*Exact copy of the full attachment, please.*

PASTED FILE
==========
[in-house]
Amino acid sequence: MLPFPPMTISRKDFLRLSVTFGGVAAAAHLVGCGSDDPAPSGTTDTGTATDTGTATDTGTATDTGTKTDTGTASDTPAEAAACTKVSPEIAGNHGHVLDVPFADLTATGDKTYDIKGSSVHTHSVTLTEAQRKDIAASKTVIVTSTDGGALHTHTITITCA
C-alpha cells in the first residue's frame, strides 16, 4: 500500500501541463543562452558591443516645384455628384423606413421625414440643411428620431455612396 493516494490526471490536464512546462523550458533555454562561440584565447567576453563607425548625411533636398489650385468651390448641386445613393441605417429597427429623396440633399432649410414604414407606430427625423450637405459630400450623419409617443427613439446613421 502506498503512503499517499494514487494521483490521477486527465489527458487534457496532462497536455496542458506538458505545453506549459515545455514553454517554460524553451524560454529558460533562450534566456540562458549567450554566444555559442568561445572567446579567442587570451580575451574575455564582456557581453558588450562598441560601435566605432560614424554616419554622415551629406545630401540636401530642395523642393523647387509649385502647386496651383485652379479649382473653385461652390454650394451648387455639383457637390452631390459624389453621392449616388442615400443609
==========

[in-house]
Amino acid sequence: MLPFPPMTISRKDFLRLSVTFGGVAAAAHLVGCGSDDPAPSGTTDTGTATDTGTATDTGTATDTGTKTDTGTASDTPAEAAACTKVSPEIAGNHGHVLDVPFADLTATGDKTYDIKGSSVHTHSVTLTEAQRKDIAASKTVIVTSTDGGALHTHTITITCA
C-alpha cells in the first residue's frame, strides 16, 4: 500500500501541463543562452558591443516645384455628384423606413421625414440643411428620431455612396 493516494490526471490536464512546462523550458533555454562561440584565447567576453563607425548625411533636398489650385468651390448641386445613393441605417429597427429623396440633399432649410414604414407606430427625423450637405459630400450623419409617443427613439446613421 502506498503512503499517499494514487494521483490521477486527465489527458487534457496532462497536455496542458506538458505545453506549459515545455514553454517554460524553451524560454529558460533562450534566456540562458549567450554566444555559442568561445572567446579567442587570451580575451574575455564582456557581453558588450562598441560601435566605432560614424554616419554622415551629406545630401540636401530642395523642393523647387509649385502647386496651383485652379479649382473653385461652390454650394451648387455639383457637390452631390459624389453621392449616388442615400443609